VOL. XVIII. z

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ARTICLE XII.

HAJJI BABA IN ENGLAND.

[The Adventures of Hajji Baba of Ispahan in England. 2 vols. By J. MoRIER, Esq. The Kuzzilbash; a Tale of Khorasan. 3 vols. By JAMEs BAILLIE FRASER, Esq. —From the Quarterly Review, Jan. 1829.]

AN old acquaintance of ours, as remarkable for the grotesque queerness of his physiognomy, as for the kindness and gentleness of his disposition, was asked by a friend, where he had been P. He replied he had been seeing the lion, which was at that time an object of curiosity—(we are not sure whether it was Nero or Cato—): “And what,” rejoined the querist, “did the lion think of you?” The jest passed as a good one; and yet under it lies something that is serious and true.

When a civilized people have gazed, at their leisure, upon one of those uninstructed productions of rude nature whom they term barbarians, the next object of natural curiosity is, to learn what opinion the barbarian has formed of the new state of society into which he is introduced—what the lion thinks of his visiters. Will the simple, unsophisticated being, we ask ourselves, be more in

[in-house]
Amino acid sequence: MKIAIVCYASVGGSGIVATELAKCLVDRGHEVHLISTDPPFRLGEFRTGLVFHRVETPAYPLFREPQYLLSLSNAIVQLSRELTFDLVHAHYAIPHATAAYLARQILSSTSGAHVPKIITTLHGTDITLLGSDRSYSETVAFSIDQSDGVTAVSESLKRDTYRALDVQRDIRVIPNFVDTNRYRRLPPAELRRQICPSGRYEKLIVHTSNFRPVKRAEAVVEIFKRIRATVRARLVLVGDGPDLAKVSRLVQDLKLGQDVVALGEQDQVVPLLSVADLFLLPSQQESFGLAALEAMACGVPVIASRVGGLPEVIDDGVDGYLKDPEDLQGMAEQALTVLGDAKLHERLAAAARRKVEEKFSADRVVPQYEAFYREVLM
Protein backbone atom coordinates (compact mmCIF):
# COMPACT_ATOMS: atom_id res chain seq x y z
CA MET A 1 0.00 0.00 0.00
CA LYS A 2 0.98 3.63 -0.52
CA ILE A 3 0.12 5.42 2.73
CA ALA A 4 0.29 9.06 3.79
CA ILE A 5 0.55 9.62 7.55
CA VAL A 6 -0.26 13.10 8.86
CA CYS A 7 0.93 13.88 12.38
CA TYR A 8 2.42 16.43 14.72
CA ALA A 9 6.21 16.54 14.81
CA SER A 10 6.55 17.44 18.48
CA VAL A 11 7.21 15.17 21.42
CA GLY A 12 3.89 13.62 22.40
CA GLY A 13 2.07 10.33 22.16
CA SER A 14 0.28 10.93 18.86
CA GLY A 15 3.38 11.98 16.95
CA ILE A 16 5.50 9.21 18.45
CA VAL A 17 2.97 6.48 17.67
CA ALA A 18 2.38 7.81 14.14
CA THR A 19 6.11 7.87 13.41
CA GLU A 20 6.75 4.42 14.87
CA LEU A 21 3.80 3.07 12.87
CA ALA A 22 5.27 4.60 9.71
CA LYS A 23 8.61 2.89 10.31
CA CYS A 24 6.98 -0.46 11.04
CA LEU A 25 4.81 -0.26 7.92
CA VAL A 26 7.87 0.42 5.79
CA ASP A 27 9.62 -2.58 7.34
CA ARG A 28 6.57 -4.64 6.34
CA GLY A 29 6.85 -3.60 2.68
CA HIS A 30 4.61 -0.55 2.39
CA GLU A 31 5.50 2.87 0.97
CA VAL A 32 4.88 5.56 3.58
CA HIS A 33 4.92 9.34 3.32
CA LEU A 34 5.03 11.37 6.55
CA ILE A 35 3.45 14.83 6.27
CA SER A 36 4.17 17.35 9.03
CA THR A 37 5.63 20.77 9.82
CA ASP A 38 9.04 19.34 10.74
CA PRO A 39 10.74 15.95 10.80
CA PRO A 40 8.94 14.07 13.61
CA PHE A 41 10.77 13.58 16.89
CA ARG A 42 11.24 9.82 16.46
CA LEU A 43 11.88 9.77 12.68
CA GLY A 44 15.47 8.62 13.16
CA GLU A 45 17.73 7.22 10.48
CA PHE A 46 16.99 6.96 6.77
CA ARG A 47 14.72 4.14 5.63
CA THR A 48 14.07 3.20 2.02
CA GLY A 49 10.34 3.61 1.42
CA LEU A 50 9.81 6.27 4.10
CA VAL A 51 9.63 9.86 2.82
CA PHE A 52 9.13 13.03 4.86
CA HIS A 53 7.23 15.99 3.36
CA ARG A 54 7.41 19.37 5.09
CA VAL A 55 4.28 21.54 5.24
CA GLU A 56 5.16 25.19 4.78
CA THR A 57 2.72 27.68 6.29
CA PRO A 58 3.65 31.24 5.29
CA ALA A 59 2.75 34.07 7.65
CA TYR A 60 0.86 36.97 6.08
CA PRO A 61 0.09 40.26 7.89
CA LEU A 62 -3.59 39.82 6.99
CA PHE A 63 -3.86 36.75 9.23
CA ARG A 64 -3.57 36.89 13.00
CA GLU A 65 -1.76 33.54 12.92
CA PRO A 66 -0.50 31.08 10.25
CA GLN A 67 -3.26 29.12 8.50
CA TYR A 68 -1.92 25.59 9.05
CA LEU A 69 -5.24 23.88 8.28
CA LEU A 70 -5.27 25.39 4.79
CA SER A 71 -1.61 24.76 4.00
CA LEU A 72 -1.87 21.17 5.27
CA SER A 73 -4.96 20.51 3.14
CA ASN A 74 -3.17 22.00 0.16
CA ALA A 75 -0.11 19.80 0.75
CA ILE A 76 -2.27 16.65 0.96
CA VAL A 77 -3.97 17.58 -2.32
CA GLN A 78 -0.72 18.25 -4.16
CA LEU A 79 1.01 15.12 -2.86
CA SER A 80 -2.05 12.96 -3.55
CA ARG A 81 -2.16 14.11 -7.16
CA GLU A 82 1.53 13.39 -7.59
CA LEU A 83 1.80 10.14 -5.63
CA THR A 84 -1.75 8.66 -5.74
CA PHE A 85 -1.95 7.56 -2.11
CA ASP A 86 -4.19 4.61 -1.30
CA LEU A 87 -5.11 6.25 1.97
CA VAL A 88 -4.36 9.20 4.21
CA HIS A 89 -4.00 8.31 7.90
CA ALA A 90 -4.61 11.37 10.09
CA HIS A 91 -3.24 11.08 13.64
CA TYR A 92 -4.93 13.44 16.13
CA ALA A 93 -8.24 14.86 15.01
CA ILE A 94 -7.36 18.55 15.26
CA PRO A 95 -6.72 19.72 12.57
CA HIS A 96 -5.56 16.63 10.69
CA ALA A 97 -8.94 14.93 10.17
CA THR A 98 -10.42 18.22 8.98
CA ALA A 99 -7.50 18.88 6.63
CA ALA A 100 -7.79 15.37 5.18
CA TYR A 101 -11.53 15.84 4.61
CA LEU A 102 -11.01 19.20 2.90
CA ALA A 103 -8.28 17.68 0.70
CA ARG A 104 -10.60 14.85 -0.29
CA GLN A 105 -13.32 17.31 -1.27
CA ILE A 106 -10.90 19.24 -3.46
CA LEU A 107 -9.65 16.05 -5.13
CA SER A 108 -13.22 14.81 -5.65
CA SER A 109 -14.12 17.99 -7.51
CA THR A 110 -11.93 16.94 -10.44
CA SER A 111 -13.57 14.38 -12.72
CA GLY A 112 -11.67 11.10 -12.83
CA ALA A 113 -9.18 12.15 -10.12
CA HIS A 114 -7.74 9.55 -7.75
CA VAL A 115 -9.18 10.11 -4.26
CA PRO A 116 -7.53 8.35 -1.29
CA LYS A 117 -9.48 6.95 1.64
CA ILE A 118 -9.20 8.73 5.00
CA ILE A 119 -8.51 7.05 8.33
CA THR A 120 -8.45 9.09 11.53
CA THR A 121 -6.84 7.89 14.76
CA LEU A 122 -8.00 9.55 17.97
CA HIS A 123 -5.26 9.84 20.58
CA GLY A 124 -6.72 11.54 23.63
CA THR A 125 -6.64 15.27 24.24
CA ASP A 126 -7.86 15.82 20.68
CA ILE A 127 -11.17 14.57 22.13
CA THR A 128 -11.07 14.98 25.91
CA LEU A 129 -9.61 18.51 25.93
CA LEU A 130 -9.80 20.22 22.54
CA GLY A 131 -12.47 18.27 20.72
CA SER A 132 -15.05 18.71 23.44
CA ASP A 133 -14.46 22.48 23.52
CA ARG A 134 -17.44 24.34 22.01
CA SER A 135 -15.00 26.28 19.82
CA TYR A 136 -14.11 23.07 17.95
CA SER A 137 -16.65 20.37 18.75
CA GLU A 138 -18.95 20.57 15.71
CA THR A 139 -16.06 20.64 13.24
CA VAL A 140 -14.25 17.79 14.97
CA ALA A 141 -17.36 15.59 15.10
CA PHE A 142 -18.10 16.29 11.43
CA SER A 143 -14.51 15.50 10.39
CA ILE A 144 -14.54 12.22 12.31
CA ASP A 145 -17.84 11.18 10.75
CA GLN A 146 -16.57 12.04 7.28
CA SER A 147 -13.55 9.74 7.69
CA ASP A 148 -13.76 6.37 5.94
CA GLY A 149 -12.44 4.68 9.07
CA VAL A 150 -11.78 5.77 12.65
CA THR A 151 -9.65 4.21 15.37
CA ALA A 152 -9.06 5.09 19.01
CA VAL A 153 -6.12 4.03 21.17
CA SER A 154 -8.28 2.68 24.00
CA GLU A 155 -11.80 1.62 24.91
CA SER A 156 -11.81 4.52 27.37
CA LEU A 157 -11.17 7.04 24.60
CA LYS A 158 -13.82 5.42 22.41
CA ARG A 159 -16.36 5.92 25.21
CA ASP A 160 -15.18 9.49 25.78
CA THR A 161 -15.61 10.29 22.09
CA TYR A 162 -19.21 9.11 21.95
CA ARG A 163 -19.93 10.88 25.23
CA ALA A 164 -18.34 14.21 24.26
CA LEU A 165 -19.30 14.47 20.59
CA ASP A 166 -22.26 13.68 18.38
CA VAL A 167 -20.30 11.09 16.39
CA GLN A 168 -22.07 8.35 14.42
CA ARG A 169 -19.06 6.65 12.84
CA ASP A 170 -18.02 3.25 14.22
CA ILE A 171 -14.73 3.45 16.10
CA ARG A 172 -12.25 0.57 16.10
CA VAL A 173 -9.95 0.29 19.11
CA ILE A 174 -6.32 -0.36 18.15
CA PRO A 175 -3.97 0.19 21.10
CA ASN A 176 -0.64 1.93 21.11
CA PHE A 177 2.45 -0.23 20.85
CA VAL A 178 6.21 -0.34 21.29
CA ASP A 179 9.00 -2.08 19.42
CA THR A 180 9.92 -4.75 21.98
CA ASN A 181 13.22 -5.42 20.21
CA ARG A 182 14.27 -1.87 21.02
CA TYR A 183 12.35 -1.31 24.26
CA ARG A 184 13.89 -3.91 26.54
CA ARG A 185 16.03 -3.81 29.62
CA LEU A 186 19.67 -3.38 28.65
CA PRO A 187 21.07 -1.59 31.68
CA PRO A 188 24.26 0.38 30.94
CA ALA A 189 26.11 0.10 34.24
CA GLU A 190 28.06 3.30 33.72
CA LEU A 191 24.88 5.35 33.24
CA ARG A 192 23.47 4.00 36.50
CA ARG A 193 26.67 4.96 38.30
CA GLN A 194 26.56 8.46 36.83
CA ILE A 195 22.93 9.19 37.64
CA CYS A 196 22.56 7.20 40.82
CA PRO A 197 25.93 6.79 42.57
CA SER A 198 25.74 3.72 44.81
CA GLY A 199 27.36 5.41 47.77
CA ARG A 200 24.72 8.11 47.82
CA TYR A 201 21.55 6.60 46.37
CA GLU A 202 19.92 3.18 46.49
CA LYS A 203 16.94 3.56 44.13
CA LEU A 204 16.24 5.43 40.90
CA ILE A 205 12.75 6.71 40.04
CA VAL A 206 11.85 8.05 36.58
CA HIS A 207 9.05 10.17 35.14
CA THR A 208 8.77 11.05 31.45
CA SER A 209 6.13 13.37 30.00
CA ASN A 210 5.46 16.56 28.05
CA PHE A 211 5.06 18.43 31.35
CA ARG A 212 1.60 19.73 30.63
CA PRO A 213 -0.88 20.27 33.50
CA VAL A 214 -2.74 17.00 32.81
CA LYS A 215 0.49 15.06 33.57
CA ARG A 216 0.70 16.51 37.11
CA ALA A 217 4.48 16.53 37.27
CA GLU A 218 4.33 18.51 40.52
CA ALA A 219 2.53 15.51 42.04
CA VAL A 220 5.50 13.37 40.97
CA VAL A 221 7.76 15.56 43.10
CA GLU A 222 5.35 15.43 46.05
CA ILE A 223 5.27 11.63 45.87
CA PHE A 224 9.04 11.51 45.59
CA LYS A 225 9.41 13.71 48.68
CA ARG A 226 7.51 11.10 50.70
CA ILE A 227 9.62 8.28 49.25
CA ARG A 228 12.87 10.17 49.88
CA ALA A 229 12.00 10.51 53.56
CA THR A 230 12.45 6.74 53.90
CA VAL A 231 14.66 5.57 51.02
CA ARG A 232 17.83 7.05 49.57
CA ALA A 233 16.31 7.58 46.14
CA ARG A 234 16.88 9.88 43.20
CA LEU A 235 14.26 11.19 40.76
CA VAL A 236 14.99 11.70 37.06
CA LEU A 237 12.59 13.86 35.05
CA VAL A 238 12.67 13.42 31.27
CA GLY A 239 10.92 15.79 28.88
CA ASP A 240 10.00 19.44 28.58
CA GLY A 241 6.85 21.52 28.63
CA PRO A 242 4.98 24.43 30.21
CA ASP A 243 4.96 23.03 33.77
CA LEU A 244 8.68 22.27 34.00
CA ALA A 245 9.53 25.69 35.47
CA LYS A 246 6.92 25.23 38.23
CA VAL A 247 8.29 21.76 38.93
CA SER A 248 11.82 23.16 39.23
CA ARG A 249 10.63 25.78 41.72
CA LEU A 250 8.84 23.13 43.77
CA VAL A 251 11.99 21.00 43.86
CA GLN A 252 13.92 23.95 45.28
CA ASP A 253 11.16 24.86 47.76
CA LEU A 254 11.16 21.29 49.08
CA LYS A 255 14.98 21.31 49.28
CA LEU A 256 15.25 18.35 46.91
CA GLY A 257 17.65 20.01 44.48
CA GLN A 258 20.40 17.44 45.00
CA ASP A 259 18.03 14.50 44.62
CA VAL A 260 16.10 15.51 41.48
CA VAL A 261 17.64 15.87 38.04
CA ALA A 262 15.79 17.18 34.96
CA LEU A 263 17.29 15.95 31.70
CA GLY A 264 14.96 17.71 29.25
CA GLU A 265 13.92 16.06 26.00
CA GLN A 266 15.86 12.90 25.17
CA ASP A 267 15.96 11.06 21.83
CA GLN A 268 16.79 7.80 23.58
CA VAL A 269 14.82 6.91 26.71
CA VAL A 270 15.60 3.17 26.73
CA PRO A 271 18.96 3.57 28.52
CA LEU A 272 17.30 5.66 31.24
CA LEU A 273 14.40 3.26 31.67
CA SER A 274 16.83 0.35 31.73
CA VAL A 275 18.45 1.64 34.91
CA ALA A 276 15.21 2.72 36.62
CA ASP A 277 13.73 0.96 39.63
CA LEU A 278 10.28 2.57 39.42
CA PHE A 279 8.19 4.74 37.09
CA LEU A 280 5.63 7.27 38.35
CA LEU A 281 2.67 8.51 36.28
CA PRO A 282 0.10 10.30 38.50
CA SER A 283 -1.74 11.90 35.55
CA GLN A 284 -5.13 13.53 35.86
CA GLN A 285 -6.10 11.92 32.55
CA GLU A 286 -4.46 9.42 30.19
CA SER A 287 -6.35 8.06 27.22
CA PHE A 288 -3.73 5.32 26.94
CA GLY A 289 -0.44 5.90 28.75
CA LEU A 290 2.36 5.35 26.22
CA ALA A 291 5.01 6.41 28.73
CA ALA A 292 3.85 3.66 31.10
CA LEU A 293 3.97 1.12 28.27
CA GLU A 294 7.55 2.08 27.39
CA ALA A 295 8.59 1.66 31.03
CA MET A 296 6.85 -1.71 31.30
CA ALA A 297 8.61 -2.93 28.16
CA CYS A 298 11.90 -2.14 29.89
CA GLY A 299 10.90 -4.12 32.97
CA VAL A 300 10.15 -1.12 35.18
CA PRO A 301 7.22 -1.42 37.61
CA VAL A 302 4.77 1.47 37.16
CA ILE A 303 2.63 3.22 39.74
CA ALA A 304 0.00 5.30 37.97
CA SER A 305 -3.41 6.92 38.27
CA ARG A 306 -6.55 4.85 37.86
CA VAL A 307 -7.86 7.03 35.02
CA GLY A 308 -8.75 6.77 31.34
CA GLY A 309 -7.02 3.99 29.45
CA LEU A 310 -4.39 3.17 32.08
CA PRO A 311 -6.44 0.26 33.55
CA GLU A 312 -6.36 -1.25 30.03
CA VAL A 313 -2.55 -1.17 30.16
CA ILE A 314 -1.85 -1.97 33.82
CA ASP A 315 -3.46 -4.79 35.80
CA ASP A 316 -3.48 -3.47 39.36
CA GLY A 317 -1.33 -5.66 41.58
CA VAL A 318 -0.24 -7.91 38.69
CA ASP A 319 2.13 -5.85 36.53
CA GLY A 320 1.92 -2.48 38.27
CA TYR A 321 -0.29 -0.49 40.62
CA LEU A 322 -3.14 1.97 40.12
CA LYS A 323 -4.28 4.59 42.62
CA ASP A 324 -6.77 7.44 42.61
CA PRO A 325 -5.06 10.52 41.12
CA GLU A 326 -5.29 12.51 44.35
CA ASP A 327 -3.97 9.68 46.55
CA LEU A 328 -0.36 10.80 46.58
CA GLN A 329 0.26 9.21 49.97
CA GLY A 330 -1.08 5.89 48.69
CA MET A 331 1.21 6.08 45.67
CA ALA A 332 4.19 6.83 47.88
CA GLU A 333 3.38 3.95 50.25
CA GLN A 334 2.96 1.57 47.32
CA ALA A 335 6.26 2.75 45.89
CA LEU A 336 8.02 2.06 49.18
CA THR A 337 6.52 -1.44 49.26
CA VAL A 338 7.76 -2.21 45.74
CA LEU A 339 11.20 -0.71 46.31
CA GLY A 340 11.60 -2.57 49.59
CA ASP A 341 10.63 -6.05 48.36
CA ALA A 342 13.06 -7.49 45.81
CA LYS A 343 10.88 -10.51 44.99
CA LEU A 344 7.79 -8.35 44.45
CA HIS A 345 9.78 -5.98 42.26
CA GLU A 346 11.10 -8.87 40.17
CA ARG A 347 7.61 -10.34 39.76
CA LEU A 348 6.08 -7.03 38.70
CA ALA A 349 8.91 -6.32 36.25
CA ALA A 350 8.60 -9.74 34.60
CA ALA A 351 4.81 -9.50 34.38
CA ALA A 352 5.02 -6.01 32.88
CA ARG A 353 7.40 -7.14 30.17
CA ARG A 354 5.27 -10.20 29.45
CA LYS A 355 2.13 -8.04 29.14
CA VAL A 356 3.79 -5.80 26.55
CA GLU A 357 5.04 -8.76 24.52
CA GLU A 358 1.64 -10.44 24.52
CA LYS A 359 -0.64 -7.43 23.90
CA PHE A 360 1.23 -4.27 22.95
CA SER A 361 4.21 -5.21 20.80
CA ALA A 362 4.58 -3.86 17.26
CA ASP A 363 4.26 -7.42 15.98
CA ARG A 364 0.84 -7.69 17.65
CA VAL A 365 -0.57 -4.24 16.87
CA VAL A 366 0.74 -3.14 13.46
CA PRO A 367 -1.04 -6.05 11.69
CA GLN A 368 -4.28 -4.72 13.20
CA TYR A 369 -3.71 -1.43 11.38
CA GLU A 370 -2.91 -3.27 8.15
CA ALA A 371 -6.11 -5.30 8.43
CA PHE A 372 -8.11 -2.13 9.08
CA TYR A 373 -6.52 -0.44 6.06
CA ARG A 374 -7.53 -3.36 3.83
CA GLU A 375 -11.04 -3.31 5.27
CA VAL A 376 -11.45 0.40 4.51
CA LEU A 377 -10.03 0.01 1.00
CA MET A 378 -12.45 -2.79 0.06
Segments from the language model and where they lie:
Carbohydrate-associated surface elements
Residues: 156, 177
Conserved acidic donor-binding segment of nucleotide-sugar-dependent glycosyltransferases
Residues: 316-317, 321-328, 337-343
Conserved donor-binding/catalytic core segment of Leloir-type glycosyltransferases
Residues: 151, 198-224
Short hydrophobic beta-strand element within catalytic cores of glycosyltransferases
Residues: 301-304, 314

clined to reverence us, who direct the thunder and lightning by our command of electricity—control the course of the winds by our steam-engines— turn night into day by our gas—erect the most stupendous edifices by our machinery—soar into mid-air like eagles—at pleasure dive into the earth like moles?—or, to take us as individuals, and despise the effeminate child of social policy, whom the community have deprived of half his rights— who dares not avenge a blow without having recourse to a constable—who, like a pampered jade, cannot go but thirty miles a-day without a halt.— or endure hunger, were it only for twenty-four hours, without suffering and complaint—whose life is undignified by trophies acquired in the chase or the battle—and whose death is not graced by a few preliminary tortures, applied to the most sensitive parts, in order to ascertain his decided superiority to ordinary mortals? We are equally desirous to know what the swarthy stranger may think of our social institutions, of our complicated system of justice in comparison with the dictum of the chief, sitting in the gate of the village, or the award of the elders of the tribe, assembled around the council fire ; and even, in a lower and lighter point of view, what he thinks of our habits and forms of ordinary life, that artificial and conventional ceremonial, which so broadly distinguishes different ranks from each other, and binds together so closely those who belong to the same grade. In general, when we have an opportunity of enquiring, we find the rude stranger has arrived at some conclusion totally unexpected by his European host. For instance, when Lee Boo, that most interesting and amiable specimen of the child of nature, was carried to see a man rise in a balloon, his only remark was, he wondered any one should take so much trouble in a country where it was so easy to call a hackney-coach. Lee Boo had supped full with wonders; a coach was to him as great a marvel as a balloon; he had lost all usual marks for comparing difficult and easy, and if Prince Hussein's flying tapestry, or Astolpho's hippogryph, had been shown, he would have judged of them by the ordinary rules of convenience, and preferred a snug corner in a well-hung chariot. From the amusing results arising out of such contrasts it has occurred to many authors, at different periods, that an agreeable and striking mode of enquiry into the intrinsic value and rationality of social institutions might be conducted by writing critical remarks upon them, in the assumed character of the native of a primitive country. Lucian has placed some such observations in the mouth of his Scythian philosopher, Toxaris. In modern times, the Turkish Spy, though the subject of his letters did not embrace manners or morals, had considerable celebrity. The interest of the famous political romance of Gulliver turns on the same sort of contrivance. But, perhaps, the earliest example of the precise species of composition which we mean, exists in the Memoranda imputed to the Indian Kings, and published in the Spectator. At a latter period, Montesquieu's Persian Letters, with Lord Little